MGM did their best to clean up and sharpen the picture, and indeed it has a lot more clarity and detail than Criterion's transfer, but they oversharpened it with artificial edge enhancement and pumped up the colors way beyond their photographic intentions. As a result, colors are oversaturated throughout the film; flesh tones are frequently orange or red and look unnatural. Metallic silvers are often shaded deep blue. It looks ridiculous, like a cartoon version of the movie. The contrast range is also distorted, with black levels that crush shadow detail and whites clipped on the high end. The edge enhancement is liberally applied and halos are visible all over the place. The Blu-ray image would be considered reasonably sharp by DVD standards but rarely has the detail or depth of good High Definition. I'll be kind enough to say that a few selected scenes look great (mostly in close-ups), just not enough of them to salvage everything else that's wrong with the disc.

Sadly, the awful color transfer is just the beginning. The Blu-ray authoring for RoboCop is a compression nightmare. I almost cannot believe how incompetent the work done here is. This is by far the worst digital compression I've ever seen on any High Definition format, and in fact it's been years since I've seen even a regular DVD this bad. Do you remember that notorious original DVD release of Highlander? That's what this looks like. Yes, it's really that bad! This is VCD-quality hackwork. Numerous scenes throughout the film are swarming with compression noise and gigantic pixelation blocks. These cannot be confused with film grain; they're purely digital artifacts, and they're obscene.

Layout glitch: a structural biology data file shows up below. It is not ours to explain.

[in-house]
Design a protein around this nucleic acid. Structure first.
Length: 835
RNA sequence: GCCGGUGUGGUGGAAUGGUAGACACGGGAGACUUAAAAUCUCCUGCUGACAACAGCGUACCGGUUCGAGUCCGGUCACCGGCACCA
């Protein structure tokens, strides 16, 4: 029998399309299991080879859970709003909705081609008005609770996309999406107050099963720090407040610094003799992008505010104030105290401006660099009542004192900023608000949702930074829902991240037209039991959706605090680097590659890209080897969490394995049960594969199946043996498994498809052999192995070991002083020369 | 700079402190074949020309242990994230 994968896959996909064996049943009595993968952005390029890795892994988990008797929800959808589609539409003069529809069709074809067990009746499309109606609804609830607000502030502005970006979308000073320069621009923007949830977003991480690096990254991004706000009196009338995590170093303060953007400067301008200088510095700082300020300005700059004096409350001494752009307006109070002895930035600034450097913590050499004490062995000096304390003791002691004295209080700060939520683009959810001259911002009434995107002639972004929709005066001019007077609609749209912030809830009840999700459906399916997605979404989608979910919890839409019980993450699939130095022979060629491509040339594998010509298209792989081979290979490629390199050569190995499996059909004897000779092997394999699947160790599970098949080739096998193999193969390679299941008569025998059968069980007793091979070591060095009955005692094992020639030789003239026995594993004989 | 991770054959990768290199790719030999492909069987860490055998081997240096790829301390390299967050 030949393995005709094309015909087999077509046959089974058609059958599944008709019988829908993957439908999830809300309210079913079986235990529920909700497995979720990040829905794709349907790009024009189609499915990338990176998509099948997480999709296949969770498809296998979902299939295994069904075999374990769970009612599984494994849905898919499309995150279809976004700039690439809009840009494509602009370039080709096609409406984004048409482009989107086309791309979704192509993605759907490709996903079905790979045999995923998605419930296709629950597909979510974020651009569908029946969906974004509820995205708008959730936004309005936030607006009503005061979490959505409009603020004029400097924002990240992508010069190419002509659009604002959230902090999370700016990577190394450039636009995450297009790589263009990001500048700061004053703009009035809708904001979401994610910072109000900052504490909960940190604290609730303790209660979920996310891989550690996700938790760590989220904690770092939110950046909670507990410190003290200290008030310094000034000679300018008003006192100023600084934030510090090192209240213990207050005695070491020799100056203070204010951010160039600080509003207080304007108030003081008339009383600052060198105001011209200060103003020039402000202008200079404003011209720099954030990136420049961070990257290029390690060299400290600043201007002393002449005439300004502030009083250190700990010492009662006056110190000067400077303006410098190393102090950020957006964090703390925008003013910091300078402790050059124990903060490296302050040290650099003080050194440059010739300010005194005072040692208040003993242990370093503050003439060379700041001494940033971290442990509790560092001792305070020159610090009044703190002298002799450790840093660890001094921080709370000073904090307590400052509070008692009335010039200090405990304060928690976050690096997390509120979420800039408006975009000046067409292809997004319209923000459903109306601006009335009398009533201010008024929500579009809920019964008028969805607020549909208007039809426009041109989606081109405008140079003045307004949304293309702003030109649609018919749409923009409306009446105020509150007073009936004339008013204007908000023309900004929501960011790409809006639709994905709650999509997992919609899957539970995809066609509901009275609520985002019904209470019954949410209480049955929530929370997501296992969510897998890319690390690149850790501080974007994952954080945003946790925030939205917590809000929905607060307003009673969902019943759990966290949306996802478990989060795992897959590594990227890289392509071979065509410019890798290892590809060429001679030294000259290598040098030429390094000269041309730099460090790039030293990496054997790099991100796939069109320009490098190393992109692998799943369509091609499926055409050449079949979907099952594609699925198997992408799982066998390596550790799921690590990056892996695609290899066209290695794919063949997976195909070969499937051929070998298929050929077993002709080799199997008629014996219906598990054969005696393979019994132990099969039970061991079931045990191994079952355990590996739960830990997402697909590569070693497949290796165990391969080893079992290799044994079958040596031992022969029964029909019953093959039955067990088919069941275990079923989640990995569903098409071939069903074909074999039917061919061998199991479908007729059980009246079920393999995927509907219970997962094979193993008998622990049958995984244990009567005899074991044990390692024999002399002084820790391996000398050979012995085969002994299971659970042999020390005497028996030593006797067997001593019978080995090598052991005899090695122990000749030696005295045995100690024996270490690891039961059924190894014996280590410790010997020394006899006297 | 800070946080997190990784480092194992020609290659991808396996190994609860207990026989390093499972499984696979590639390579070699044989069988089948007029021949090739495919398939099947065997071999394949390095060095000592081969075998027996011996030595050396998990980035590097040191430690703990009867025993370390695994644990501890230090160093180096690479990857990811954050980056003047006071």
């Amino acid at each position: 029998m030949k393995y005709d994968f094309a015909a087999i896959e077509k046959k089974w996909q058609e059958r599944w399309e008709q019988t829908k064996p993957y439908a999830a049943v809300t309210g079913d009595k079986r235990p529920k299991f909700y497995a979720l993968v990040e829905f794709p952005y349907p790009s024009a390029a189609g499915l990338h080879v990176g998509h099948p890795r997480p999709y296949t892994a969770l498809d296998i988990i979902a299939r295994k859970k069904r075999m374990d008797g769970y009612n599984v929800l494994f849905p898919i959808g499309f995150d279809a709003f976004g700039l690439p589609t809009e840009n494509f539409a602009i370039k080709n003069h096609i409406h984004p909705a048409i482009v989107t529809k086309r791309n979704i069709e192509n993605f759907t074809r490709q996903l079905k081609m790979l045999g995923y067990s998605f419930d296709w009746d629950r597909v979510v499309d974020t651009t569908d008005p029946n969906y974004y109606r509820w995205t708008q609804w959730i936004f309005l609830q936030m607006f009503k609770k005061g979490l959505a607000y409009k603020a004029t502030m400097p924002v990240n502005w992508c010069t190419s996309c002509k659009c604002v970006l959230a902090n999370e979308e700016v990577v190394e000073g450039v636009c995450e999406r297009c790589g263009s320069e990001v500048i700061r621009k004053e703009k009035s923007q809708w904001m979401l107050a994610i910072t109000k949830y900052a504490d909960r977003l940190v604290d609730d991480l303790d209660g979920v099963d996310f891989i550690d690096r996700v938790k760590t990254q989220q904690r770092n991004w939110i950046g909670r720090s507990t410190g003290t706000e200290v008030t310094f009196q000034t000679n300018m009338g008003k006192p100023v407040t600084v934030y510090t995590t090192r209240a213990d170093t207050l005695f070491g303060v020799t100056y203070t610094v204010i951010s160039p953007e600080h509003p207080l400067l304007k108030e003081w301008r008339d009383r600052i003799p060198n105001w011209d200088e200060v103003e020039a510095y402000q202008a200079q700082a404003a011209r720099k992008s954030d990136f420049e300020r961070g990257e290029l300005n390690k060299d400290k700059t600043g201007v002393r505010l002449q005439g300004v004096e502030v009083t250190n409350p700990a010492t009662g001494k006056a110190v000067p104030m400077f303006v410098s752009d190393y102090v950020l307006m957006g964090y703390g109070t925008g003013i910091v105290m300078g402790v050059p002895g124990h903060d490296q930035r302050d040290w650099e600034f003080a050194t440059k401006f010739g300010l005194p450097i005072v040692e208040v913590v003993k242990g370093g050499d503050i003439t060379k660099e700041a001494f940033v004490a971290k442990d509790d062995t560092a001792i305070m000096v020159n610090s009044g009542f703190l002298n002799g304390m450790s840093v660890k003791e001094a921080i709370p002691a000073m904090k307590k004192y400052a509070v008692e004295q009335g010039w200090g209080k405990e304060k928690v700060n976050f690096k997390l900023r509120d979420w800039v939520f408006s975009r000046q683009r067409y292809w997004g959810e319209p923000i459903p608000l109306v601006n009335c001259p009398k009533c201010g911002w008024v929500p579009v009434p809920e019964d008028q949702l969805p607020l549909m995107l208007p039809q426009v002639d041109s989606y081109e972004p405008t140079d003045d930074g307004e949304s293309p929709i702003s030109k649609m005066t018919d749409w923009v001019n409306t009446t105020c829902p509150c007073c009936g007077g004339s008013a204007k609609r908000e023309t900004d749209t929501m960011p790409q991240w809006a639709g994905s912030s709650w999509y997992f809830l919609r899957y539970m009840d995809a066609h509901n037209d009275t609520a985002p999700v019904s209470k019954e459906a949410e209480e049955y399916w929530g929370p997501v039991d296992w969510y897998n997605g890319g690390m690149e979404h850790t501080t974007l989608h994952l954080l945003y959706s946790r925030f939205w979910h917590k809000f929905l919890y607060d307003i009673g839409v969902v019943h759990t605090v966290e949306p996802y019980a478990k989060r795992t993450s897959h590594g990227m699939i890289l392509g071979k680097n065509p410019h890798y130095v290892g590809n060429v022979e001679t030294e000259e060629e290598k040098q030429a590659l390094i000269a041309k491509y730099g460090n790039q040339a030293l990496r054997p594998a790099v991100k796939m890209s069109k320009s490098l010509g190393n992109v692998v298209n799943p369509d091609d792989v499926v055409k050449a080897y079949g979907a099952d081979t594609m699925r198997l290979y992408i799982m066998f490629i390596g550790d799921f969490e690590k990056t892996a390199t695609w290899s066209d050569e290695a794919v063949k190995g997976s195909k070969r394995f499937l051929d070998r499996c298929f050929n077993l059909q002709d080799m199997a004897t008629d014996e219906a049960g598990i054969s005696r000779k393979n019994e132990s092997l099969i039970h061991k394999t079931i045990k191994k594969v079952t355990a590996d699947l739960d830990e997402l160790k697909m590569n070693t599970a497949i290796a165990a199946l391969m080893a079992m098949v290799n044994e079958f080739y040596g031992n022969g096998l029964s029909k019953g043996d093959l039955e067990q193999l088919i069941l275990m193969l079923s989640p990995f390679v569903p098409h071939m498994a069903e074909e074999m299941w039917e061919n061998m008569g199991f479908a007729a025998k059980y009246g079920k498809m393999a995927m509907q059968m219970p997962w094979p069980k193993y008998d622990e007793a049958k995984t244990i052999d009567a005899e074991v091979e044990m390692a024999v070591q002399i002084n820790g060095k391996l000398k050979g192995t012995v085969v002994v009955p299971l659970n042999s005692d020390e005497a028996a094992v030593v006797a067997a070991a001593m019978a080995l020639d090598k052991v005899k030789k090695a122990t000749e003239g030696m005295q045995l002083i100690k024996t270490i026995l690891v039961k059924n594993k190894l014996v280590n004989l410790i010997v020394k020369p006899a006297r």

I wish I had the ability to take screen-shots that could do justice to this travesty. At the current time, this is the best I can do. Even in this reduced size, you can see the unnatural patchwork patterns to the grain in the sky (which is meant to be one solid color in this shot). It looks even worse at full size and buzzing with motion.

I'm not even going to bother complaining about the occasional dirt and debris on the source elements. I'll concede that this is an older, low-budget movie, and some of that grit may be endemic to the optical compositing processes used for the visual effects. Considering everything else that's wrong with the disc, that's the least of its problems. This Blu-ray release is an embarrassment. The people responsible for it should hang their heads in shame and never work in the industry again.

The RoboCop Blu-ray disc is not flagged with an Image Constraint Token and will play in full High Definition quality (if you can call it that) over a Blu-ray player's analog Component Video outputs.

The movie's soundtrack is provided in uncompressed PCM 5.1 format or in standard Dolby Digital 5.1. To say that the audio is mediocre must sound like high praise in comparison to the video. RoboCop was originally released to theaters in 2-channel Dolby SR surround, and was nominated for a Best Sound Academy Award in 1988. The Criterion DVD preserved this in Dolby Digital 2.0 format, but MGM attempted to spruce it up with 5.1 remixing. The results are underwhelming. The track sounds very much like an artificial 5.1 mix, with hollow ambience and gimmicky directional steering. Fidelity is shrill and bass is weak. It sounds OK in general, but color me unimpressed.